Though the number of positive Covid cases in Gothenburg, and hospitalizations due to Covid across the Two Rivers Public Health District have slightly increased this past week, we continue to see positive movement on the district’s risk dial. This week we have dropped further down in the orange tier, below the halfway point, and that is progress.
Many in the medical community are optimistic that as the Covid vaccine distribution ramps up we will continue to see those numbers decline. Over the past couple of weeks frontline healthcare workers and long-term care facility residents and employees in our area have been receiving the first round of the vaccine. While this is exciting news, there are still many unknowns surrounding both the vaccine and the virus itself.
One common question about the vaccine has to do with the length of effectiveness. In other words, will we need to get the Covid vaccine every year like we do for influenza? We reached out to Dr. Carol Shackleton at Gothenburg Health for some answers.
“We aren’t sure yet, whether this will be annual like the flu shot, or once like the Shingrix (shingles) series, or something in between,” Dr. Shackleton said. “We will know more in a few months.”
There have also been a lot of reports in the news in the past few weeks of a newly mutated version of the coronavirus. During a briefing at the State Capitol the morning of Jan. 6, Governor Pete Ricketts and the Nebraska Department of Health and Human Services delivered a briefing on this new strain recently discovered in the United Kingdom.
“To date, we have not identified it in Nebraska, but it is likely to surface at some point given our proximity to Colorado – one of the states where it has been identified,” the Governor stated during the briefing. “While we believe that this strain could be more easily transmitted, it is not something that we expect will change the tools we use to respond to the pandemic. This is still very new, and we’re learning more about it as time goes on.”
Dr. Shackleton also offered some insight into what has been learned so far about the effectiveness of the current vaccine against this new strain of coronavirus, and it sounds promising. “What we have learned to date is that the protein antigen that the vaccine makes to create antibodies continues to be present in the mutated varieties, and therefore the vaccine should still be effective,” she said.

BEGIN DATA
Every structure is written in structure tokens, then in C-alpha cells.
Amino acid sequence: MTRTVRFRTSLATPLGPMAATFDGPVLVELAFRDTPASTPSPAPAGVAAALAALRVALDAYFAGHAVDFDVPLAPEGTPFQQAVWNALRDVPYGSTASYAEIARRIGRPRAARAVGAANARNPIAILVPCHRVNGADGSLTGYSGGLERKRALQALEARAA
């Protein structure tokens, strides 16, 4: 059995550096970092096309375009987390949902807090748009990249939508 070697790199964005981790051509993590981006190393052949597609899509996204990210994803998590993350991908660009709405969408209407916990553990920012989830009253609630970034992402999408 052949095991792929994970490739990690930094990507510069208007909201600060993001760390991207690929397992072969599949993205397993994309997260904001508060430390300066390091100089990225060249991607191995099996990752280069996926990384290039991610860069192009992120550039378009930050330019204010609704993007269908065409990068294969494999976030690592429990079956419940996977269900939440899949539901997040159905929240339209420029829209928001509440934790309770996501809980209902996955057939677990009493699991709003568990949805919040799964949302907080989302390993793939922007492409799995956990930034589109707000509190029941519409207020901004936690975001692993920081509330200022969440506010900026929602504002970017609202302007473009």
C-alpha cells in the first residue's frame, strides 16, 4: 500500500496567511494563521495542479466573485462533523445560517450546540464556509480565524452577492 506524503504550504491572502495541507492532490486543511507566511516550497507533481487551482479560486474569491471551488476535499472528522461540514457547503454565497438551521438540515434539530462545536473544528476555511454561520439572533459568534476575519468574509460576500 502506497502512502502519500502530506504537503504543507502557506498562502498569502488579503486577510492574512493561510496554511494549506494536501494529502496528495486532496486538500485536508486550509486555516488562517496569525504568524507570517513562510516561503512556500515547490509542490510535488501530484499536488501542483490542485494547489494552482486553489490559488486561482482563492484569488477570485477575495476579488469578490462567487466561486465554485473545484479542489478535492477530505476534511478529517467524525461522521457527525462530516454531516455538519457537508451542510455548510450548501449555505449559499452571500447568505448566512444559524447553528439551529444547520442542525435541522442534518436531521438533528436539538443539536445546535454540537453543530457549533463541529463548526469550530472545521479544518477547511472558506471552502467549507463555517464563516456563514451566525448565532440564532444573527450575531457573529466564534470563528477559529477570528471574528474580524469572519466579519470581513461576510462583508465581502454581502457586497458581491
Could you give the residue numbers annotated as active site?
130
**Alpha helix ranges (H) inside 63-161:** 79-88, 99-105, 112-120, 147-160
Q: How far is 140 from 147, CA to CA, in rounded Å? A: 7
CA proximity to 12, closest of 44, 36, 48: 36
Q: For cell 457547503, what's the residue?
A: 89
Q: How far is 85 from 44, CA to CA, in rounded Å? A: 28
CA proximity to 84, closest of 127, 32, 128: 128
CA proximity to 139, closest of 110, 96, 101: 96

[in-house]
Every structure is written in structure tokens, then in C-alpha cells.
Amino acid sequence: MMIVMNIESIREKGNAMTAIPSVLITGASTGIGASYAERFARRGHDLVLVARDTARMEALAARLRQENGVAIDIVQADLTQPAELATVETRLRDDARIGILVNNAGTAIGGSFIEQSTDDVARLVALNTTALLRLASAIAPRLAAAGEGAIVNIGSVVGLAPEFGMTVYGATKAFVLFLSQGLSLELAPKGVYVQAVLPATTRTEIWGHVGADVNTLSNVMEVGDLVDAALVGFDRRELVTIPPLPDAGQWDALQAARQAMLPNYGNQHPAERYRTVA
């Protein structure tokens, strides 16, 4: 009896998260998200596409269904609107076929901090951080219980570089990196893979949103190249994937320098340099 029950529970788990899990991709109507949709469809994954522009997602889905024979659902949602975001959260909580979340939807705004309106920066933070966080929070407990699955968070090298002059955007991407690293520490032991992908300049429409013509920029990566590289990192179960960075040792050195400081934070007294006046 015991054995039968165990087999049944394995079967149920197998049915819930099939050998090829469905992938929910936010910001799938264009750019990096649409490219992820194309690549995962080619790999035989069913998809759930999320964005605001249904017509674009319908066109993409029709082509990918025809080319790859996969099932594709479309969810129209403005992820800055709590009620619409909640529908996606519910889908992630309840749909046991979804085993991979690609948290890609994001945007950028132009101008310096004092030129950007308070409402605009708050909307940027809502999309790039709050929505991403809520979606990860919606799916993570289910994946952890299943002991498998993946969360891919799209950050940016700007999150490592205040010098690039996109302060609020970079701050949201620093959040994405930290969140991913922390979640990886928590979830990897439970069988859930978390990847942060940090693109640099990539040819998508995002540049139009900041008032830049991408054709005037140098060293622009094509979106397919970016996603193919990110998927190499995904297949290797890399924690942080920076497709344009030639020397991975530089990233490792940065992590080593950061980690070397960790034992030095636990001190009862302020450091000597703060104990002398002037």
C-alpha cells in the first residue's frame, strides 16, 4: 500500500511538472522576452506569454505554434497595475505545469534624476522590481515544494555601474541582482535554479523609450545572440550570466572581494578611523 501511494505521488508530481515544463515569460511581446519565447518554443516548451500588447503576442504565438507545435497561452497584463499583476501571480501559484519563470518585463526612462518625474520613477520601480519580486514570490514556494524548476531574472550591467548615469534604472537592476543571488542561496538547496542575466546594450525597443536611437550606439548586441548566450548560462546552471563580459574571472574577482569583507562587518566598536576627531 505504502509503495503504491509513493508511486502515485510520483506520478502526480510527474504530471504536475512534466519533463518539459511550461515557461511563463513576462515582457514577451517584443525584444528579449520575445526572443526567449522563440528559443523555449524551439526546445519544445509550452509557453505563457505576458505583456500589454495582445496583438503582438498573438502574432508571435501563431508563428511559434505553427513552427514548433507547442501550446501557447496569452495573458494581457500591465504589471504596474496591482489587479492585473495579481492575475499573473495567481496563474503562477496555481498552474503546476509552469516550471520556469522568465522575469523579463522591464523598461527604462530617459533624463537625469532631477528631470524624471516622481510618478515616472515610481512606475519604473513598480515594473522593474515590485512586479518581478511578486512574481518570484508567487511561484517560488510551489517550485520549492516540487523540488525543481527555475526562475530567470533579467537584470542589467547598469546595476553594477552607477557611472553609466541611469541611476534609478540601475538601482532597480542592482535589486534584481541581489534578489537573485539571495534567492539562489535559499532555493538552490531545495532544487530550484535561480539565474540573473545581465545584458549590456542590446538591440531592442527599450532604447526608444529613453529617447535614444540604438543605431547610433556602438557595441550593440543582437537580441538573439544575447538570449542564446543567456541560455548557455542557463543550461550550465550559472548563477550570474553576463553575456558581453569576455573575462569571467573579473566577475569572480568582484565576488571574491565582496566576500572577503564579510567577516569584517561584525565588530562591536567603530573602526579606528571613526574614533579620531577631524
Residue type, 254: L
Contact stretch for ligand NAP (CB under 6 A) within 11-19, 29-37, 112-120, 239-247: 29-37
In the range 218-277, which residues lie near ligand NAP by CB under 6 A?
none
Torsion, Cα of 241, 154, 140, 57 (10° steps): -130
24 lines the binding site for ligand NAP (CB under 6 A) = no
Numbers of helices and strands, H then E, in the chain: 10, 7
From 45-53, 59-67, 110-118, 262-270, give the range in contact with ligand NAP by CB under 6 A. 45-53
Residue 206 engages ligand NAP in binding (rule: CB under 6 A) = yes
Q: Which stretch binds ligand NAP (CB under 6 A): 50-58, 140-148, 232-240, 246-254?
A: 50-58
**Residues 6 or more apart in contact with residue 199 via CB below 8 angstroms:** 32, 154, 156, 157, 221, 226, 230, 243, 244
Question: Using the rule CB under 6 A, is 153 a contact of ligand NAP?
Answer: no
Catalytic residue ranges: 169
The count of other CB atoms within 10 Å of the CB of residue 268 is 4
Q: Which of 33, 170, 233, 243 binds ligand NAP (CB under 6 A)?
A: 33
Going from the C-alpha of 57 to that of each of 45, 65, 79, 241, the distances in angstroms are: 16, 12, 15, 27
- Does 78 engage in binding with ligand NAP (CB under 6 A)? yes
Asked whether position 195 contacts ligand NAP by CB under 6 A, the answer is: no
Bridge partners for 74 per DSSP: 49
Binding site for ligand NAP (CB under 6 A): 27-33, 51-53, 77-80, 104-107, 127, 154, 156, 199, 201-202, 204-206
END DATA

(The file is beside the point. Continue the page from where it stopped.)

She also encouraged those considering taking the vaccine not to abstain due to concerns about the new virus strain. “Viruses do tend to mutate, but often not enough that it would invalidate the vaccine.”
Currently the Moderna and Pfizer vaccines are being distributed to the Phase 1A groups which encompasses all healthcare workers, including pharmacists and lab staff, as well as long-term care staff and residents. Once those tiers are complete the vaccine will be given to the Phase 1B group, consisting of all remaining hospital employees as well as individuals aged 75 and above.
Jeremy Eschliman, Health Director for Two Rivers, shared in a statement that the department is working very hard to get the vaccine distributed to all Phase 1A groups in the district so they can begin vaccinations on the Phase 1B groups. In order to expedite that process the health department is asking residents who want to receive the vaccine to add their name to the list and complete a short survey. Two Rivers will then contact you when the vaccine is available for your population.
Two Rivers Public Health Department will be offering the vaccine in phases set forth by Federal plans and the Nebraska Department of Health and Human Services. Healthcare providers and residents of long term care facilities are placed first on the list. Starting in the next phase of the plan, individuals who are at the highest risk of the poorest outcome and individuals who have a great deal of contact with the public are addressed. Next, the plan focuses on people who are in congregate living situations, like colleges. Finally, the vaccine will be available to the general public. Once the vaccine is available to the general public, TRPHD will offer drive through vaccine sites.
Tentatively Two Rivers expects to complete the Phase 1A tier by early February and begin Phase 1B later this month. By mid March Phase 1C vaccinations should begin, which includes those aged 65-74 and anyone with high-risk medical conditions. Phase 2, the general population, is expected to begin in late May. Keep in mind this timeline is very tentative.
“Currently we are working with the health department and are thinking that we should be receiving the vaccine to give to those age 75 and above by the end of the month,” said Alisa Crown, Gothenburg Health Clinical Program Manager. “Currently we have not heard an exact date but are following the tentative vaccination timeline that Two Rivers has put into place. We are ready and excited to be able to provide our community with the vaccine.”
In the meantime, the teams at Gothenburg Health and Two Rivers encourage everyone to continue to remain diligent about wearing masks, handwashing and avoiding large gatherings. There is light at the end of the tunnel.